A polysilicon layer was coated onto paper with the aid of a pulsed laser light (credit: R. Ishihara, M. Trifunovic/TUDelft)
A polysilicon layer was coated onto paper with the aid of a pulsed laser light (credit: R. Ishihara, M. Trifunovic/TUDelft)

A route to low-power, fast, wearable electronics at a remarkably low cost has been designed by researchers in the Netherlands and Japan. They claim that using lasers to print silicon onto paper could enable the large-scale manufacture of effective flexible, wearable electronics containing wireless sensors. Stretchable and even edible electronics may also be possible.

The quest to develop wearable electronics has mostly focused on organic and metal-oxide based inks, due to their ability to be printed onto a wide range of flexible materials easily. However, the electronic performance of these inks is not as good as that of silicon electronics. “The printed organic semiconductor's mobility for holes is too low and that for electrons is even lower. The printed metal oxide semiconductor has got higher electron mobility but its hole mobility is almost zero,” explains Ryoichi Ishihara, who led the research team based at Delft University of Technology and the Japan Advanced Institute of Science and Technology in Ishikawa. High quality polycrystalline silicon provides high mobilities for both electrons and holes, he says. This is essential for the configuration of highly reliability, fast and low-power circuits.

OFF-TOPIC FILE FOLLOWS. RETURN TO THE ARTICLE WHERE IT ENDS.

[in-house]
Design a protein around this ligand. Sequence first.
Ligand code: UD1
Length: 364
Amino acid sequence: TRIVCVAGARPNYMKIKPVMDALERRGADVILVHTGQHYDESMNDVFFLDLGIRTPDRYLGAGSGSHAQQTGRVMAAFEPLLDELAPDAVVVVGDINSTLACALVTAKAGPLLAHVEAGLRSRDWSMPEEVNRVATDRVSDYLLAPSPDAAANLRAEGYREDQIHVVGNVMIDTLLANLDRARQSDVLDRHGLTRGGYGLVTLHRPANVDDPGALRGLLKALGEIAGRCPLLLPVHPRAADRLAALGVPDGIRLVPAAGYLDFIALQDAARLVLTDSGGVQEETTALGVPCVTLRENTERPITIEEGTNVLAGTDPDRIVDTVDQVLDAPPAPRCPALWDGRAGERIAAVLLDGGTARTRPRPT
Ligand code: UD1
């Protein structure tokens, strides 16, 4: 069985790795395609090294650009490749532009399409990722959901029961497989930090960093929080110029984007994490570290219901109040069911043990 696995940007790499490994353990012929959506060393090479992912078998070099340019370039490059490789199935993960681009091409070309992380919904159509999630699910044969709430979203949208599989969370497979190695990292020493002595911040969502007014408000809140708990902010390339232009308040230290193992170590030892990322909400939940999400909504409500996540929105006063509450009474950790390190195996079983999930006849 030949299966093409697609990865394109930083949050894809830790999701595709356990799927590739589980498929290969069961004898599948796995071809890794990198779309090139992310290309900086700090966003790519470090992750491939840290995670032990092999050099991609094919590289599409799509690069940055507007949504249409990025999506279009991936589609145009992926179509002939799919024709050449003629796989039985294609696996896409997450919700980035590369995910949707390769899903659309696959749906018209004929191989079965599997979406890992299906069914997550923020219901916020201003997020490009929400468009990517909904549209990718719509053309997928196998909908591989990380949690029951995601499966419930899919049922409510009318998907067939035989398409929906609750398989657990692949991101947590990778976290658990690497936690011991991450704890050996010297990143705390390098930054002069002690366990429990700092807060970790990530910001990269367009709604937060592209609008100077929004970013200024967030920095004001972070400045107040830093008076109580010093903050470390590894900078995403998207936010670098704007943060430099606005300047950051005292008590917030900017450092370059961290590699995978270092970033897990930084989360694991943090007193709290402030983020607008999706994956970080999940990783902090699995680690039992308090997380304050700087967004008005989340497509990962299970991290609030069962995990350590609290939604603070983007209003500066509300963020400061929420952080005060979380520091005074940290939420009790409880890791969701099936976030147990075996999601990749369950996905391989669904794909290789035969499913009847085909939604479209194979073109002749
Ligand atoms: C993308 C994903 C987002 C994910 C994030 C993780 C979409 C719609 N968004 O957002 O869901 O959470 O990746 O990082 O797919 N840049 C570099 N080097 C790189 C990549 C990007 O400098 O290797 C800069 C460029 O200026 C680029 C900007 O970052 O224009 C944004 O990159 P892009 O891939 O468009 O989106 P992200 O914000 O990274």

The ability to print the electronics is the key to keeping costs down. Silicon integrated circuit chips made using the traditional route could be mounted onto low-cost substrates, but the robotics used to make these – while constantly reducing in price – will always impede the costs dropping as low as that for printing.

Routes to printing silicon ink have been designed previously, but the high temperatures (350ºC) required in the annealing step rule out their use on many flexible materials including paper, polyethylene terephthalate and polyethylene naphthalate. “We were able to reduce the formation temperature of polysilicon significantly (to 150ºC) in the solution process of Si, so inexpensive substrates with a low thermal budget such as paper can now be used,” Ishihara says. This work is published in Applied Physics Letters [Trifunovic, M. et al, Appl. Phys. Lett., (2015) doi: 10.1063/1.4916998].

The team first skimmed the liquid polysilane directly on a paper surface using a doctor-blade in an oxygen- and water-free environment. Next, they polymerised the film using UV light and then annealed the layer by exposing it to an XeCl excimer laser. The paper is not damaged because the duration of the laser pulse is so short: in the range of tens of nanoseconds. 

 “The process is unexpectedly easy!” explains Ishihara. “Several measurements confirmed that the layer consists of silicon crystals and nothing else and a thin-film transistor made using the layer exhibited mobilities as high as those of the conventional poly-Si.”

Ishihara expects the process to scale-up easily for large-scale manufacturing. Doctor-blade coating is already used in the roll-to-roll printing process used for printing newspapers and the lasers are used for annealing materials in the manufacture of smartphone displays, he explains. More optimization is however required before electronics made this way are ready to hit the shelves.

Once this is done, “the most immediate application will be wearable electronics having ultra-high frequency radiofrequency identification (RF-ID) tag with sensors,” says Ishihara. These could be used for medical, fitness, identification or security purposes. “The process can also be expanded to solar cells, and will also realize stretchable and even edible electronics.”